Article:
Kinsey and Children
by John Bancroft
(Excerpt. "Alfred Kinsey's Work 50 Years Later." In Sexual
Behavior in the Human Female, by Alfred Kinsey, et al. 1998 Reprint
Edition. Bloomington: Indiana University Press, pp. j-n)
Although controversy hounded Kinsey and his work from the start, little
attention was paid to the data he presented about children until the late
1980s, when a Judith Reisman started the allegation that Kinsey, to obtain
his evidence, was criminally involved in the sexual abuse of children.
This allegation, in slightly modified forms, has persisted as the main
plank in the case of those on the Religious Right who seek to discredit
Kinsey. In recent years, when there has been anxiety bordering on hysteria
about child sexual abuse, often resulting in circumstances where the accused
is regarded as guilty until proved innocent, what better way to discredit
someone? What are the relevant facts as far as Kinsey as concerned?
From my first day as Director of the Kinsey Institute in 1995, I was
confronted by such allegations and the need to rebut them. Kinsey never
carried out experiments on the sexual responses of children; neither did
he employ or train anyone else to do so for him. However, some reasonable
people were being troubled by repeated allegations that he did, particularly
because some of the details seemed hard to account for. The focus of the
attacks was data presented in Tables 31 through 34 in the Male
volume, reporting various aspects of orgasm observed in pre-adolescent
boys ranging in age from 2 months to 15 years.
Having commented on the extent to which adults had recalled orgasmic
experiences from their own childhoods, Kinsey pointed out that such recall
might well be vague or inaccurate, particularly of an experience which
the child may not have understood at the time. He was, therefore, especially
interested in information obtained from those of his interviewees who
had observed orgasms occurring in children.
Whereas he had some information of this kind from parents and teachers
simply observing children, he obtained more from men who had been sexually
involved with young boys and who had in the process observed their orgasms.
Having therefore made it clear that he was referring to adults who had
been involved in illegal sexual interactions with children, he went on
to say, "nine of our adult male subjects have observed such orgasm. Some
of these adults are technically trained persons who have kept diaries
or other records which they have put at our disposal; and from them we
have secured information on 317 pre-adolescents who were either observed
in self-masturbation, or were observed in contacts with other boys or
older adults." 50
Tables 31-34 are based on these 317 boys; Table 32 gives details of the
speed of orgasm (timed with a second hand or stopwatch), whereas Tables
33 and 34 give details about multiple orgasms. Thus, an understandable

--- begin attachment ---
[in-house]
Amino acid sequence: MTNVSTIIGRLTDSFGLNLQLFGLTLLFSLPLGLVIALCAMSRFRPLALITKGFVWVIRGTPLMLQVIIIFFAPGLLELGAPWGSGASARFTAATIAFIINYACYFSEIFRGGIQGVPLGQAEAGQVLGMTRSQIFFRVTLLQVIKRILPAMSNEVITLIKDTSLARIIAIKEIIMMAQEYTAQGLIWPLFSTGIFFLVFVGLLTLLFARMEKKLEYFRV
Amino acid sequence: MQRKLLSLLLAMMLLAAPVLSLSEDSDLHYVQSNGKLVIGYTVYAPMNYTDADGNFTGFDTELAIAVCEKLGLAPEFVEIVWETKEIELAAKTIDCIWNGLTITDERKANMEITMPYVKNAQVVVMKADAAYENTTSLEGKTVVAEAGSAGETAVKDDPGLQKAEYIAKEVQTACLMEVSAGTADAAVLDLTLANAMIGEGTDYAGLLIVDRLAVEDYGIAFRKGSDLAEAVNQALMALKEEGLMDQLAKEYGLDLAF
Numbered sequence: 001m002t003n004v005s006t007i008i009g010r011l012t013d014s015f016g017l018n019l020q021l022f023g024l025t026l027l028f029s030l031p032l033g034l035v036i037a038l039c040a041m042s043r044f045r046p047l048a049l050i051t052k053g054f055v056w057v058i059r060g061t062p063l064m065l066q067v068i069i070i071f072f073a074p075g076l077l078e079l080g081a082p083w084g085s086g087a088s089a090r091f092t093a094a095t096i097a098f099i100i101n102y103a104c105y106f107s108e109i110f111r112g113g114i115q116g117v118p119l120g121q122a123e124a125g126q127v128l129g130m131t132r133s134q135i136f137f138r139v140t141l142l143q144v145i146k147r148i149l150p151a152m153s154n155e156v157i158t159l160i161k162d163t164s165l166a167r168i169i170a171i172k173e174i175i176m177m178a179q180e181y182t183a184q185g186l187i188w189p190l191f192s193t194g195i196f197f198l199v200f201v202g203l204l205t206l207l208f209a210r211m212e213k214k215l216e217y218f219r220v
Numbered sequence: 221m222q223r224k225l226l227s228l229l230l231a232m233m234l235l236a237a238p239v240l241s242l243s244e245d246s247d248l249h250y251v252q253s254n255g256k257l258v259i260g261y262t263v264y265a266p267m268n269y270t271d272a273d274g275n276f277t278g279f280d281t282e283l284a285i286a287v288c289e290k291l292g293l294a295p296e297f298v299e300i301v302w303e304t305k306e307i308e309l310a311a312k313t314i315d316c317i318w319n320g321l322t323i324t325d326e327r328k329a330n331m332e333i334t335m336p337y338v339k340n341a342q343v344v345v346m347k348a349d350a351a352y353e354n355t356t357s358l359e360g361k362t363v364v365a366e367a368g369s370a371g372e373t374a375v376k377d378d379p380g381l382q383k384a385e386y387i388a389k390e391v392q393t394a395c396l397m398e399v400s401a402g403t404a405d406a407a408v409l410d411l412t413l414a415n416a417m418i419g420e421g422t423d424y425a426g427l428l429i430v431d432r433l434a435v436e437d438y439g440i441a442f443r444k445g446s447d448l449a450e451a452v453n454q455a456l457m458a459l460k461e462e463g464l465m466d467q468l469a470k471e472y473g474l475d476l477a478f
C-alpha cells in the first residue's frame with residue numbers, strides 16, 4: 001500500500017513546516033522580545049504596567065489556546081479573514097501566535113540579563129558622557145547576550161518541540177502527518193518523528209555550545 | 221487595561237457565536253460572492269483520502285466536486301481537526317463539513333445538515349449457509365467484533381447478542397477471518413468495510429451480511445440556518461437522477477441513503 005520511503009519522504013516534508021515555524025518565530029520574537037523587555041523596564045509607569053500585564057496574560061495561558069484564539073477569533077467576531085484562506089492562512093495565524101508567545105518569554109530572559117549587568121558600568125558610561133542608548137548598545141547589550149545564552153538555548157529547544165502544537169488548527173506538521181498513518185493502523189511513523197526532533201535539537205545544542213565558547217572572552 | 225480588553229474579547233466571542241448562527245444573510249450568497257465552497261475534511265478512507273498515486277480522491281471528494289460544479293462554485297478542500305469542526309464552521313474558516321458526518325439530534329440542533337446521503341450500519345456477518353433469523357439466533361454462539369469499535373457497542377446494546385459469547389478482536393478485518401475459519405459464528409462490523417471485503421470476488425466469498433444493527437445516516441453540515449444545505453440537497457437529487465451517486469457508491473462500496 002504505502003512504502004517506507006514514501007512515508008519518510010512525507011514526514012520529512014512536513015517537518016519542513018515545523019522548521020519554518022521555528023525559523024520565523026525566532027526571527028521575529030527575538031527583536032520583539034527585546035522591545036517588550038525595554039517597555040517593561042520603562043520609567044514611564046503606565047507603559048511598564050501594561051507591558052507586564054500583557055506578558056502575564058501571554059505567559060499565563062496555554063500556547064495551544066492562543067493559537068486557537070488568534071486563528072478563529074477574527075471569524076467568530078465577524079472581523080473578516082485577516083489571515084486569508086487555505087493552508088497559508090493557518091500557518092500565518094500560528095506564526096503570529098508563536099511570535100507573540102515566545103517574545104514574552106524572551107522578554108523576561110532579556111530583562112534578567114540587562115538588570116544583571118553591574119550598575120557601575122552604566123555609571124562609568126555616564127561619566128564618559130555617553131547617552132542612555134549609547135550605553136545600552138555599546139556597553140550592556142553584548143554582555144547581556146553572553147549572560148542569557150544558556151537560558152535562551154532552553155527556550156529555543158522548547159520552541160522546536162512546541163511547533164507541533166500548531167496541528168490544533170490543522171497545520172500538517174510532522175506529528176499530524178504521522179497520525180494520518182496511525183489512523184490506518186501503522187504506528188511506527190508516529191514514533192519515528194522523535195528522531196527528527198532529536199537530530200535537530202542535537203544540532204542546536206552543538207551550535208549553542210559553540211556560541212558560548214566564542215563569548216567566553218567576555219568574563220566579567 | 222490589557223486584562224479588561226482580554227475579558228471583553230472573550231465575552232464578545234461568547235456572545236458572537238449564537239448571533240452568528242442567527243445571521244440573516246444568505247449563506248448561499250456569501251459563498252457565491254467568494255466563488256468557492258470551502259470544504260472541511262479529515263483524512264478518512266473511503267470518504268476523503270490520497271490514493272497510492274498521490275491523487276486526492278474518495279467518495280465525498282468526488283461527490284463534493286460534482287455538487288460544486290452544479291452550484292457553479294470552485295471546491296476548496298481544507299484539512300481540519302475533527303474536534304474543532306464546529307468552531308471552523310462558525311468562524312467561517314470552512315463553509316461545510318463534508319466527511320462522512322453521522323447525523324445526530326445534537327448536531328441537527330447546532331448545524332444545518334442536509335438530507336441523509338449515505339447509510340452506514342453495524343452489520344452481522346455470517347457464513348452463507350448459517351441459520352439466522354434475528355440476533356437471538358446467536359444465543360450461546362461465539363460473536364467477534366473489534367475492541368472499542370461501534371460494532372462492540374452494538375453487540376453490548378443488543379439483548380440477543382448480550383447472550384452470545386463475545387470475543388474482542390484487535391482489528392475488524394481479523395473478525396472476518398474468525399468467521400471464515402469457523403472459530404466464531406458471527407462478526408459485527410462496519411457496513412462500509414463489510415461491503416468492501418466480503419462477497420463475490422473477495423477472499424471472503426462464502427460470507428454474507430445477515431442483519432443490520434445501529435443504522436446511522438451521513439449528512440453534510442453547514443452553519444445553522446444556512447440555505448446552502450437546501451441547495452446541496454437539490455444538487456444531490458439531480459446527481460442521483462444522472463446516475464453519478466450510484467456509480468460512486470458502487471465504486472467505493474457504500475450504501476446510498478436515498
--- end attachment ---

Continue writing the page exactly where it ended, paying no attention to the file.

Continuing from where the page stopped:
concern was raised: How could such information be obtained in a sufficiently
systematic manner to allow tabulation of the findings? Hence the allegations
that either Kinsey or members of the Institute staff made these observations,
or that they trained child molesters to make observations for them.
I decided to check on the sources of this information and found that,
without any doubt, all of the information reported in Tables 31-34 came
from the carefully documented records of one man. From 1917 until the
time that Kinsey interviewed him in the mid-1940s, this man had kept notes
on a vast array of sexual experiences, involving not only children but
adults of both sexes.
Kinsey was clearly impressed by the systematic way he kept his records,
and regarded them as of considerable scientific interest. Clearly, his
description in the book of the source of this data was misleading, in
that he implied that it had come from several men rather than one, although
it is likely that information elsewhere in this chapter, on the descriptions
of different types of orgasm, was obtained in part from some of these
other nine men.
I do not know why Kinsey was unclear on this point; it was obviously
not to conceal the origin of the information from criminal sexual involvement
with children, because that was already quite clear. Maybe it was to conceal
the single source, which otherwise might have attracted attention to this
one man with possible demands for his identification (demands which have
now occurred even though he is long dead). It would be typical of Kinsey
to be more concerned about protecting the anonymity of his research subjects
(and convincing the reader of the scientific value of the information)
than protecting himself from the allegations that eventually followed.
Kinsey, with his primary interest in variability, was also intrigued
by the various ways in which orgasm was experienced. In the Male
volume, 51 he combines
evidence provided from the above source on 196 pre-adolescent boys with
descriptions obtained from adults or their partners to produce a list
of six different types of orgasm.
Two of these types involve signs which in other circumstances would be
regarded as distress, such as sobbing or crying or hypersensitivity around
orgasm which results in "violent attempts to avoid climax, although they